windows and segmental arches to windows and doors. Adjoining this is another
brick lean-to building of a later date containing pumping equipment and part
of the history of the monument.

The south side of the battery was protected by a ditch with an unrevetted
counterscarp which still remains. At the foot of the ditch was a free
standing, loop-holed brick Carnot wall (an additional defence against
infantry attack) with two single-storey caponiers at the ends, also built of
brick with stone surrounds to the musket embrasures, providing enfilade
musket fire along the front ditch and the angled returns. These features
survive well; although a central section of the Carnot wall has been lost and
the remaining sections have been filled-in on their interior side, so that
they now appear as retaining rather than free-standing walls as originally.

The original gun positions for eight 7-inch Rifled Breech Loading (RBL) guns,
replaced by 1879 with 64pr Rifled Muzzle Loading (RML) guns, were sited in
embrasured emplacements on the terreplein with two bomb-proof expense
magazines. These were demolished when the battery was remodelled, except for
the penultimate westernmost emplacement, where there are now the remains of
the brick facing wall of the embrasure parapet and the granite traversing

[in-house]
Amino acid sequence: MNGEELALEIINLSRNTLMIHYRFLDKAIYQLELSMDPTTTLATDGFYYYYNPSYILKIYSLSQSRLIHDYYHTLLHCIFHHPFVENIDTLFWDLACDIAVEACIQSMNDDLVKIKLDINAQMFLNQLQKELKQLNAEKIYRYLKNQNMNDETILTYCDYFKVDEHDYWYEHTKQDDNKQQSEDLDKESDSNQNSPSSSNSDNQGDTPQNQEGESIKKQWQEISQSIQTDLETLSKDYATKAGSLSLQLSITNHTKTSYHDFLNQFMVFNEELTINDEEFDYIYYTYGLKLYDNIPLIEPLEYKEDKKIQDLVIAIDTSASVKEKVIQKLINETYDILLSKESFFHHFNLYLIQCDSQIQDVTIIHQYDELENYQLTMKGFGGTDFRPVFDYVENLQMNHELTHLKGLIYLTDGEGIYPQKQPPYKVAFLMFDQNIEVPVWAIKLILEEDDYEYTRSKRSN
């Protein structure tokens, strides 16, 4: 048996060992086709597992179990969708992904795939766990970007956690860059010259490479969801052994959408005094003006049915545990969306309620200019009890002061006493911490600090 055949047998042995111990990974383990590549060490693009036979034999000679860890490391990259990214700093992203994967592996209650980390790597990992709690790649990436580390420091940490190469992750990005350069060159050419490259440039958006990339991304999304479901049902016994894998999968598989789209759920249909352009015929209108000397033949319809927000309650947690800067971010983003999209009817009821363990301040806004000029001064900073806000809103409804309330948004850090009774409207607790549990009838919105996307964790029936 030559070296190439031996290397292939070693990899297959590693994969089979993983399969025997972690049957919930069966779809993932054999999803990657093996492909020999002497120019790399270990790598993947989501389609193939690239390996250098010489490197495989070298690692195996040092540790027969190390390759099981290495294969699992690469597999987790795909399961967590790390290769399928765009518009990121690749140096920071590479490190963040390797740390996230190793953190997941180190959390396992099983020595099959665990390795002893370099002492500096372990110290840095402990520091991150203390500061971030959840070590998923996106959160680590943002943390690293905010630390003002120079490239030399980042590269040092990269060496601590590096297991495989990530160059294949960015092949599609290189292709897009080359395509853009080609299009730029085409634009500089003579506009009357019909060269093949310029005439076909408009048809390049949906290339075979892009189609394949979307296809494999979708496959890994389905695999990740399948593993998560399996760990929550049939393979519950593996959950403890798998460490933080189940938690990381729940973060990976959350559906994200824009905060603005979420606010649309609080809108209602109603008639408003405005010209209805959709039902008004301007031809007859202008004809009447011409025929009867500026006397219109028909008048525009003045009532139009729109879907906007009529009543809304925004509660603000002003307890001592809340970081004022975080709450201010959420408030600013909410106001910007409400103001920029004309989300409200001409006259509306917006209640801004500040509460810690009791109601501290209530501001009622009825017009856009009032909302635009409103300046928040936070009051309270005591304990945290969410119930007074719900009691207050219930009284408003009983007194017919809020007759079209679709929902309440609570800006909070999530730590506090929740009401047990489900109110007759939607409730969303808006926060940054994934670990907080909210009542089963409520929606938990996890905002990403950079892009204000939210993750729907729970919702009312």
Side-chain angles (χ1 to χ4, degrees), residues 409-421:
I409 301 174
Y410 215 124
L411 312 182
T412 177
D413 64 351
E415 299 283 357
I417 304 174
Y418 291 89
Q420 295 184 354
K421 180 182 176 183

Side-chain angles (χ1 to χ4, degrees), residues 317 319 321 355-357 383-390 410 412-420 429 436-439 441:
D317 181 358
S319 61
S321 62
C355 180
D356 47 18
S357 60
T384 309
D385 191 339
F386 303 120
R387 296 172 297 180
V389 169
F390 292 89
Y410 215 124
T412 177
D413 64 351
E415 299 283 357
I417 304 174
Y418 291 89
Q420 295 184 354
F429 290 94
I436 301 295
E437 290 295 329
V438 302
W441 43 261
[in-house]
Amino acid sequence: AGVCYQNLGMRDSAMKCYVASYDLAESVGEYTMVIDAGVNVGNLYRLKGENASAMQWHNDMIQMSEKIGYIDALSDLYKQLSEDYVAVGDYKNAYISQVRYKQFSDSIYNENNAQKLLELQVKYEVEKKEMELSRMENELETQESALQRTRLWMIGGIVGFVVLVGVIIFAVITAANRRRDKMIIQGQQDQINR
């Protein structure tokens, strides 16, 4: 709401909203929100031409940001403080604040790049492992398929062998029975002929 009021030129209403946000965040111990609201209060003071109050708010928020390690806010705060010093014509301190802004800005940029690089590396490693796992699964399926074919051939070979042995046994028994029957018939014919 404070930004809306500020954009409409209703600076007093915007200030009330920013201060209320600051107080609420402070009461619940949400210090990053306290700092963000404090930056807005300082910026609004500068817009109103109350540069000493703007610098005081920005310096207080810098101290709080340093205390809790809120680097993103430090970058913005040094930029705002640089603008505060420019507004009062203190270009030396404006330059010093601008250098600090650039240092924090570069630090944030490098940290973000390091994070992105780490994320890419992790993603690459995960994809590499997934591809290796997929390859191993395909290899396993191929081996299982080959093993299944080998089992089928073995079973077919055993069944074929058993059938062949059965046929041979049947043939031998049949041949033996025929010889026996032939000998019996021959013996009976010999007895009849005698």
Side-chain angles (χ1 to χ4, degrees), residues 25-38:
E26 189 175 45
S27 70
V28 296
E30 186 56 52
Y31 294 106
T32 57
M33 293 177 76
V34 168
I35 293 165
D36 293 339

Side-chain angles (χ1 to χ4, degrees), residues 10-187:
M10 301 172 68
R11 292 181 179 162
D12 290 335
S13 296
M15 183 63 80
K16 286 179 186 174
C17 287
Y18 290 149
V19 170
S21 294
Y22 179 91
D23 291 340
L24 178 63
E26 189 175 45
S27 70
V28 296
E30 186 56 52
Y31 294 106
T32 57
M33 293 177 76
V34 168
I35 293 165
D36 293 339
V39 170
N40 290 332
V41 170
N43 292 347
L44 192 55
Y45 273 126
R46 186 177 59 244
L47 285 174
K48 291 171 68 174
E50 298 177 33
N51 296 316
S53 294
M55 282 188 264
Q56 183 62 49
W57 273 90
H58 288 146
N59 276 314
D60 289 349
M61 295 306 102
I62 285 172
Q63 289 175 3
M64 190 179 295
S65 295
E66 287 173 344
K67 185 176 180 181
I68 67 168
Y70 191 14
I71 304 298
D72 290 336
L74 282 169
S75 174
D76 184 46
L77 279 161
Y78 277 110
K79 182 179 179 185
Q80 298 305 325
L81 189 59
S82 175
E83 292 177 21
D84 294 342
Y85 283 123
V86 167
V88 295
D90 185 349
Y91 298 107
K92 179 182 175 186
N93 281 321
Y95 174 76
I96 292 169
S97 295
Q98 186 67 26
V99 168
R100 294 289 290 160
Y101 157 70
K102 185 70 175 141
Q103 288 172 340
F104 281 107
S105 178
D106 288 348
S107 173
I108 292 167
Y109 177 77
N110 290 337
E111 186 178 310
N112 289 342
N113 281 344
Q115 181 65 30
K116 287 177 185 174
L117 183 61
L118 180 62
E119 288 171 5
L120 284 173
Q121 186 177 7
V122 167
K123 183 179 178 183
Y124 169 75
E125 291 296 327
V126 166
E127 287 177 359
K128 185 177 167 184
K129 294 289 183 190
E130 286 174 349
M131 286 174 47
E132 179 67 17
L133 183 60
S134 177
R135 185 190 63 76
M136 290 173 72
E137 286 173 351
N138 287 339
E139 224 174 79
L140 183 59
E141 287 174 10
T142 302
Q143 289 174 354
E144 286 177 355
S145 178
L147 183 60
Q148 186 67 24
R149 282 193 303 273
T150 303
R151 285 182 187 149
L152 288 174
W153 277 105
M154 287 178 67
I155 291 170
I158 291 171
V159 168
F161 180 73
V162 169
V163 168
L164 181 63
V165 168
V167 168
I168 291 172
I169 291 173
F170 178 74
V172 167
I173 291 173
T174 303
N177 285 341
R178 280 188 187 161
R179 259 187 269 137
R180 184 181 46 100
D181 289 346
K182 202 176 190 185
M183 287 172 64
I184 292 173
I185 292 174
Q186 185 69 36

platform with metal racer tracks. Other foundations may remain under the
topsoil although the profile of the battery was altered during the
remodelling. These gun positions were served by two bomb-proof magazines to
either side and to the rear of the emplacements which have also now gone;
although buried remains may survive. There were also two bomb-proof expense
magazines in the gun positions which have also gone.

North of the site of the original gun position, and adjoining the surviving
1860s emplacement at the western end, are the concrete emplacements for three
6-inch breech-loading Mark VII guns which replaced the original gun positions
from 1898. These were oriented at a slightly different angle to fire more to
the east and survive in good condition including the steel bolts in the floor
for the gun mountings. Below the emplacements are the two magazines which
served them. The brick vaulted structures, possibly containing reused
material from the original magazines, include the machinery for three hoists,
one vertical and two oblique, which supplied ammunition to the emplacements
above, as well as lamp recesses, ammunition hatches and traces of original
stencilled signage.

HISTORY
Yaverland battery was constructed between April 1861 and March 1864 under the
direction of Captain William Crossman, Royal Engineers and was one of three